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Effect of ranitidine on postoperative suppression of natural killer cell activity and delayed hypersensitivity.

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In a randomized study of patients undergoing major elective abdominal surgery, 12 received i.v. ranitidine (50 mg every 6 hours for 72 hours from the skin incision) and 12 had no ranitidine. Cell-mediated immunity was assessed pre- and postoperatively by skin testing with seven common delayed type hypersensitivity (DTH) antigens, and blood drawn immediately before and 24 hours after skin incision was analyzed for spontaneous and in vitro stimulated (IL-2, IFN-alpha or indomethacin) natural killer (NK) cell activity and PHA and PPD-stimulated lymphocyte proliferation. Lymphocyte subsets (helper/inducer-T cells, suppressor/cytotoxic-T cells, Pan-T cells and NK-cells) were counted by flow-cytometry. Perioperative ranitidine diminished the expected postoperative reduction in DTH responses (p less than 0.0001), as well as in spontaneous NK-cell activity (p less than 0.03) and in vitro IL-2 stimulated NK-cell activity (p less than 0.02). Postoperative decrease in helper/inducer-T cell numbers was not significantly lessened (p = 0.07), and ranitidine did not influence the levels of suppressor-T cells. PHA and PPD responses in peripheral blood mononuclear cells were unaltered. The results may suggest potential benefit from ranitidine as regards postoperative infectious complications and recurrence of malignancy.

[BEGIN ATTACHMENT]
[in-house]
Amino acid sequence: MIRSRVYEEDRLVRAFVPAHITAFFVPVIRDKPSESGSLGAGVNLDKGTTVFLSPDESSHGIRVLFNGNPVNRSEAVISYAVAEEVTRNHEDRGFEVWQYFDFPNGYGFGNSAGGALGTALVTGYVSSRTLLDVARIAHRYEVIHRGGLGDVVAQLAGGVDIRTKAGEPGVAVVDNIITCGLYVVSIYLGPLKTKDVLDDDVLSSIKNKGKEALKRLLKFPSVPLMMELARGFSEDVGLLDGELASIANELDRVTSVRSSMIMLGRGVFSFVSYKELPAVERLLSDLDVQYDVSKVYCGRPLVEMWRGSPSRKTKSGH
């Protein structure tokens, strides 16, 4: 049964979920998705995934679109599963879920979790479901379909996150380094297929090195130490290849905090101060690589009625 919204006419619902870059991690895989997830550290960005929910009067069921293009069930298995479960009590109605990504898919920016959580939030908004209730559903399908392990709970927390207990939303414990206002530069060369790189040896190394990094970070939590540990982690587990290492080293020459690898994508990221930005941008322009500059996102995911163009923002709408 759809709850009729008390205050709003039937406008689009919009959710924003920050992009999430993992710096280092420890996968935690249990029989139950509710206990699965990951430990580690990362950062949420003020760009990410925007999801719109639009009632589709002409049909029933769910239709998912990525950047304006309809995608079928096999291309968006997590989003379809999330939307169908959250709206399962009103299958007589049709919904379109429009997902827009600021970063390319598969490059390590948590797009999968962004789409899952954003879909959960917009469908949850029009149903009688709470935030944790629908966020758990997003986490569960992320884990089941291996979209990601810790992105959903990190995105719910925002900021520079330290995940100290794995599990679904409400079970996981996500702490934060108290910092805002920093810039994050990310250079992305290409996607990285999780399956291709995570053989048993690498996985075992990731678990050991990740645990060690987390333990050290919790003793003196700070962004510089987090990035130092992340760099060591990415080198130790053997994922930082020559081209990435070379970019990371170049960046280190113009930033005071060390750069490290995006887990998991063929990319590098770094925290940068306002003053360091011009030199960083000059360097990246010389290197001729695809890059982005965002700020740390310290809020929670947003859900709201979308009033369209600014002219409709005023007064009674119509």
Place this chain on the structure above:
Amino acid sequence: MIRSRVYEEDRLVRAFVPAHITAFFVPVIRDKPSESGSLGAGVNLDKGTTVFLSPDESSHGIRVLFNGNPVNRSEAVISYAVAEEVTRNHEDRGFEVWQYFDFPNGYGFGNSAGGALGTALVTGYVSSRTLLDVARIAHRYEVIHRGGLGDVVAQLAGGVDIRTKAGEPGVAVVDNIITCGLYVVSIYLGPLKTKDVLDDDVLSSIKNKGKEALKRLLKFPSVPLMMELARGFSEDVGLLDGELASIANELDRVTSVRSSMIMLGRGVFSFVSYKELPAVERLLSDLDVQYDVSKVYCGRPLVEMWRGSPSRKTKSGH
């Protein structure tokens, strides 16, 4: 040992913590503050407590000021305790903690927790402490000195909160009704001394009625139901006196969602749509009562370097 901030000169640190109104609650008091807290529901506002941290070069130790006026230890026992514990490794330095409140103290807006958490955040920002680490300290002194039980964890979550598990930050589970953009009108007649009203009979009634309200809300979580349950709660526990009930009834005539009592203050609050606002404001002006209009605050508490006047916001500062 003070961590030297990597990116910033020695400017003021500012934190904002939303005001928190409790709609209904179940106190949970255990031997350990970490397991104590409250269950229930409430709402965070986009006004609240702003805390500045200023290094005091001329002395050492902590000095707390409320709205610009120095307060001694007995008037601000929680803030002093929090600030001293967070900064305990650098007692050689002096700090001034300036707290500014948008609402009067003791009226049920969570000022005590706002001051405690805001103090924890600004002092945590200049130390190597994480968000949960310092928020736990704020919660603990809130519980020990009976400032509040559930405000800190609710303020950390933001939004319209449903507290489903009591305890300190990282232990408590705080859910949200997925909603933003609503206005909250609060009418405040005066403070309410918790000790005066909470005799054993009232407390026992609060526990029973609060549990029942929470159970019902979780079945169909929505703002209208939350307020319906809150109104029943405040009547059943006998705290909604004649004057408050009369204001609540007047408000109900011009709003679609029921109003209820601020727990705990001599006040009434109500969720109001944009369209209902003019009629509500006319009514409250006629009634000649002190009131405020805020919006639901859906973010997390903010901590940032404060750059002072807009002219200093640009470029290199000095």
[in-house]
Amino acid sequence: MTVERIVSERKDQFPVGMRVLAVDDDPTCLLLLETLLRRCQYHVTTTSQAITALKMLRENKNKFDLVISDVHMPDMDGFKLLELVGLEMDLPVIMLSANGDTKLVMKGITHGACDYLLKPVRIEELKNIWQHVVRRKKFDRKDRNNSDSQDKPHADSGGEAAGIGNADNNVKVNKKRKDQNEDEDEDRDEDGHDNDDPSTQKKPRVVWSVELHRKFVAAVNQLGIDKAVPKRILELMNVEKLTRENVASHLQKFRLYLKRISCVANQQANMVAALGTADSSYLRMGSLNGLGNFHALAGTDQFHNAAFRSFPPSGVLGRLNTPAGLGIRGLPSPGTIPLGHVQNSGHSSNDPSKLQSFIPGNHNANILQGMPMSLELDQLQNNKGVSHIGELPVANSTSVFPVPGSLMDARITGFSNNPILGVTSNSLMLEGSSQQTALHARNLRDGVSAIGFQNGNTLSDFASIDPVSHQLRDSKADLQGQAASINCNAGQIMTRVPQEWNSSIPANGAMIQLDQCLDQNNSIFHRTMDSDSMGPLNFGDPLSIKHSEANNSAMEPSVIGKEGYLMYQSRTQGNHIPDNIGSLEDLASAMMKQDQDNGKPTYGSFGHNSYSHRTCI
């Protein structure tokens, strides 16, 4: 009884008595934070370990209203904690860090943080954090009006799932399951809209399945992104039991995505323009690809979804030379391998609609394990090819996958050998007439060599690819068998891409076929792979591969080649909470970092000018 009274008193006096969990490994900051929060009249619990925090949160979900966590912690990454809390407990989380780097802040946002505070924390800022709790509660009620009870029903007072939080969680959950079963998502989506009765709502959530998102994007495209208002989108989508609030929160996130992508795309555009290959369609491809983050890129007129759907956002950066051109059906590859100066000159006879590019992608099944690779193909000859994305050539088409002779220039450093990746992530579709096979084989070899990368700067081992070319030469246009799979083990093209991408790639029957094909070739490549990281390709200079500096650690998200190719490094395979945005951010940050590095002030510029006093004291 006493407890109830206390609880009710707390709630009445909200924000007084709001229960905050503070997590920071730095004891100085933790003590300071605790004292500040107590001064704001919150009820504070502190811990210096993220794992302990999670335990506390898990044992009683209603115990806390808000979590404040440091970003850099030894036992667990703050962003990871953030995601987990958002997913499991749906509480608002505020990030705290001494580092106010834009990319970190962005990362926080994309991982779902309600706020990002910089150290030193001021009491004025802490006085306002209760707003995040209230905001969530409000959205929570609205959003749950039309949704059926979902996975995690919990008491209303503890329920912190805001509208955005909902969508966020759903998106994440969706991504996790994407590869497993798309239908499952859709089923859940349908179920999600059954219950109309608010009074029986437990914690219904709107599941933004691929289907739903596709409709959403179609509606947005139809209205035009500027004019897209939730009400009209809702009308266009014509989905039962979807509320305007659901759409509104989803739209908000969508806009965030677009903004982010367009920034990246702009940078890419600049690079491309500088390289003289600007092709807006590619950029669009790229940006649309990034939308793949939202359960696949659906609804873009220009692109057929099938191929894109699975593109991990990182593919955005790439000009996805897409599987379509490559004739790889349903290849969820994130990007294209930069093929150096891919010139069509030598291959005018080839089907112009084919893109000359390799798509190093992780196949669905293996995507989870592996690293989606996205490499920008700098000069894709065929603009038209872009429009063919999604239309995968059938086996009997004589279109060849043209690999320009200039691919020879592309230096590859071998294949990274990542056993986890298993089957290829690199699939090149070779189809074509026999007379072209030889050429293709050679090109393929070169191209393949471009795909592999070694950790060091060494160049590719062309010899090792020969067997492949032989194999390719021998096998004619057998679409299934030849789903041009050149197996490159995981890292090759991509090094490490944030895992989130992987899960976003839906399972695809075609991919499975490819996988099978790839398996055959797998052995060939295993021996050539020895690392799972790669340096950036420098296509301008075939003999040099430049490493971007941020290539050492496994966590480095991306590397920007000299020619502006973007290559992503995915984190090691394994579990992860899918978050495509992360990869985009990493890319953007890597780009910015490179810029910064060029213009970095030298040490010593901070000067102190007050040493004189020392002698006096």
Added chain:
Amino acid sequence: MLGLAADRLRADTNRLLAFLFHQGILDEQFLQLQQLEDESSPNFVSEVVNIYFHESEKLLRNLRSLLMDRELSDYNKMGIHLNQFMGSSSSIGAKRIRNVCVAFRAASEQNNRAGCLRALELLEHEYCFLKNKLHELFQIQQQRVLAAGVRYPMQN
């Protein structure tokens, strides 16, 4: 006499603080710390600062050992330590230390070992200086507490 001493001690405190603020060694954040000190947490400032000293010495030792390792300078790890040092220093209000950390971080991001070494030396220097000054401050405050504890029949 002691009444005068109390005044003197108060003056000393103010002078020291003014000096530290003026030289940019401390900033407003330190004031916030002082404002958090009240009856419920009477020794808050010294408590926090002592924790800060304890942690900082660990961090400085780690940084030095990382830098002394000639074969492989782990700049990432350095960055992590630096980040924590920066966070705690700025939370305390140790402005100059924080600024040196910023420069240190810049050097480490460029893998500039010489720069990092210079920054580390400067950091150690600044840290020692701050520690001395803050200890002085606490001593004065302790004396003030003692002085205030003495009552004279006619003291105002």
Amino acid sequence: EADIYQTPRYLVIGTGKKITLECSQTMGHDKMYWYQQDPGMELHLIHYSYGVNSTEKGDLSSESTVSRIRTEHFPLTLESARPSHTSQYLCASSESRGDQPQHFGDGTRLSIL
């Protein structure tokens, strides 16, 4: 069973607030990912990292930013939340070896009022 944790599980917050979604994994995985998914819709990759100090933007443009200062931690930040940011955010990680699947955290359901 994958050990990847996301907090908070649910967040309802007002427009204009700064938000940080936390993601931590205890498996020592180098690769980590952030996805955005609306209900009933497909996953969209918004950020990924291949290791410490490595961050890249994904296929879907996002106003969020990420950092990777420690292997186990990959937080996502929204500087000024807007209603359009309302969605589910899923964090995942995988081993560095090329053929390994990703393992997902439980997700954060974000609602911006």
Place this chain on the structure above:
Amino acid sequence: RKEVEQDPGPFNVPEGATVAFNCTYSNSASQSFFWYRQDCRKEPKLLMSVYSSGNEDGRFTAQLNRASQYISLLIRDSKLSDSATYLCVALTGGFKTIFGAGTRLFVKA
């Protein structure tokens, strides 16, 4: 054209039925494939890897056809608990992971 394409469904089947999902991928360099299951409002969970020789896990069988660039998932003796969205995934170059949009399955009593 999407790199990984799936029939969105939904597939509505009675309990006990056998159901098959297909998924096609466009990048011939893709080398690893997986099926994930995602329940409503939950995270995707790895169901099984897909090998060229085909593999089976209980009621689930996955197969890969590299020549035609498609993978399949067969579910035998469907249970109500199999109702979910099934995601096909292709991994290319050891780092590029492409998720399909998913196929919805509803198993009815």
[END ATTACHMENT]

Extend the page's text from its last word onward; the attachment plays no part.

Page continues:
OriginalsprogEngelsk
TidsskriftEuropean Journal of Surgery
Vol/bind155
Udgave nummer8
Sider (fra-til)377-382
Antal sider6
ISSN1102-4151
StatusUdgivet - 1989

ID: 34089539